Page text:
Buying a home is a lot like getting married: Your stomach's all butterflies as you make the offer; then you're over the moon once it's accepted. Only then, as you take those slow, winding steps toward the big day (aka closing), completely different butterflies may settle in the pit of your gut: Holy crap, this is a huge commitment. Did I make the right choice?
Chillax: Suffering a case of cold feet over an impending home purchase is remarkably commonplace. And it doesn't necessarily mean there's anything wrong, or that you shouldn't follow through. Odds are, your mind is just reeling with a lot of "what-ifs" that can feel downright paralyzing.
Here's how to silence those ceaseless questions so you can make this commitment with confidence.
'What if I can't afford my monthly payments?'
This is a concern for just about everyone -- but especially among people who are buying at the top of their budget, says Sarah Jones, CEO and co-owner of Texas-based Bamboo Realty. If you're worried about the costs of homeownership, sit down with your loan officer or a financial adviser (find one at NAPFA.org) and review the numbers.
You'll want to calculate the total cost of owning the home -- not just your mortgage payments but also taxes, utilities, homeowners insurance, and any HOA or condominium dues. Then compare that amount to your combined household income.
As a general rule of thumb, your housing costs should be no more than 28% of your gross income. But don't panic if your ratio is a tad higher; your financial planner may be able to help you create a monthly budget that works for you.
'What if I overpaid?'
First, consider how much competition you had from other buyers. If you were in a multiple-offer situation, you likely had to bid at, or above, listing price to nab the property.
When Jones' buyer clients fear that they've overpaid, she shows them the comparable properties (which they also reviewed before making the offer). "Very rarely do I tell a client to make an offer substantially higher than what the [comparative market analysis] showed," she says.
Moreover, if you need a home mortgage to purchase the property, your offer automatically includes an appraisal contingency. This contingency is required by your lender and involves a third-party appraiser assessing the value of the property. If the appraisal comes in lower than the purchase price, your lender will approve a loan only up to the lower amount -- leaving you to decide whether you want to cover the remaining costs out of pocket or walk away from the deal.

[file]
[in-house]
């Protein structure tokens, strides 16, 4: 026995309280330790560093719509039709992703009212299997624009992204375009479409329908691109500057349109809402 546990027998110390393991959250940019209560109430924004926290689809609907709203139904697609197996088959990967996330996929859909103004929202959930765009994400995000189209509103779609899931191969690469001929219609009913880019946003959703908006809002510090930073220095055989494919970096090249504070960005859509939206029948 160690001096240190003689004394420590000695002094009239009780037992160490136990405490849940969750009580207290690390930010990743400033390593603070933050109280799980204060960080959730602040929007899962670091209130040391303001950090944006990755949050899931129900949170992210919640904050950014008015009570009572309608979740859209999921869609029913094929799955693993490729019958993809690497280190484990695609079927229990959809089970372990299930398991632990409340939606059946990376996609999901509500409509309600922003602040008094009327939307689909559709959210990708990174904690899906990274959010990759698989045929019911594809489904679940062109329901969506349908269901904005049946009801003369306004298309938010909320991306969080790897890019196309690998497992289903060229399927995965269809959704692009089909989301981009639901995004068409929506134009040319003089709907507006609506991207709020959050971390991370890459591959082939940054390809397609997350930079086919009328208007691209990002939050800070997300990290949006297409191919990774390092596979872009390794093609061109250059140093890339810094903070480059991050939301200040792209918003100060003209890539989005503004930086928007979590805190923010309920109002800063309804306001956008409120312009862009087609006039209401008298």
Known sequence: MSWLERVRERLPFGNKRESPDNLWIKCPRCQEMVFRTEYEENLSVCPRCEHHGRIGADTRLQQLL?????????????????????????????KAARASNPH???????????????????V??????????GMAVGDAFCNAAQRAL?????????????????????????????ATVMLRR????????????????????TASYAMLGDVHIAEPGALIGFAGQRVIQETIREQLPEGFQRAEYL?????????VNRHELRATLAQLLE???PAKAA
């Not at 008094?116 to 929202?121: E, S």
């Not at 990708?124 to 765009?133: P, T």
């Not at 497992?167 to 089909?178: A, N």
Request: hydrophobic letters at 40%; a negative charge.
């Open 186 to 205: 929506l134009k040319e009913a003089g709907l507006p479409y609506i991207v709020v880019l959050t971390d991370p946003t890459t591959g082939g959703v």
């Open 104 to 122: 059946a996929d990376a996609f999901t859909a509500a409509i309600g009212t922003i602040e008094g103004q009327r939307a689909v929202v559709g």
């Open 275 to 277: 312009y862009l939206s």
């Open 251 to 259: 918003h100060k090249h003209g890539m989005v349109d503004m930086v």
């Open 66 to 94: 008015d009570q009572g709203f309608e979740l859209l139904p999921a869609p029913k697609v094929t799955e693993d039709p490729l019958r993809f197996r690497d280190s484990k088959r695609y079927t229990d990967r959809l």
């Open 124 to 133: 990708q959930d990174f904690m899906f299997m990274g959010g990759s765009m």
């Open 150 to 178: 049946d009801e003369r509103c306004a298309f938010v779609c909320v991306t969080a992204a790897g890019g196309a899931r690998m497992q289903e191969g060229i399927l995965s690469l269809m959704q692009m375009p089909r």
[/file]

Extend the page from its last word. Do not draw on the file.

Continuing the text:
'What if a better property comes on the market?'
Many people experience this second-guessing when shopping during the spring home-buying season, a period when there's more inventory on the market, says Judy Weiniger, broker associate and CEO at Weiniger Group in Warren, NJ.
It's a valid concern, especially if you viewed only a few properties before you submitted an offer on the home. However, when Jones encounters this, she helps her clients put things into perspective.
"If they're like most buyers, I remind them that they already looked at hundreds of homes online before they fell in love with the one that they found," Jones says. "Buyers don't credit themselves for the legwork they did upfront."
Still afraid you're going to miss out on your dream home? "Ask yourself how happy you are with the home that you're buying on a scale of 1 to 10," says Jones. "If it's an 8 or higher, you're making a good purchase. You can look for a year and never find a 10."
'What if home prices tank after I buy?'
This is a valid concern, given how fresh the housing crisis of 2008 still feels. And, granted, "we never know what tomorrow will bring," Weiniger concedes. However, this is typically only an issue if you plan to own the home for one to two years, since the housing market may not have bounced back by the time you sell. But if you plan to own the property for at least five years, you'll likely live there long enough to regain any equity that you may have lost after purchasing the home.
'What if I underestimated how much work this house needs?'
You may have uncovered more issues during the home inspection than you predicted, particularly if you're buying a fixer-upper. Still, that doesn't mean you have to tackle all repairs at once. Instead, use your home inspection report to assess what areas of the house require immediate attention (and money) and what areas qualify as remodeling projects. Then, consider whether you're up to the challenge. And bear in mind: You don't need to tackle everything at once.
"I tell buyers take it one room at a time," says Jones, who recommends starting with a small project (e.g., painting the master bathroom) to gain confidence and then work your way up to bigger renovations (e.g., remodeling the kitchen).
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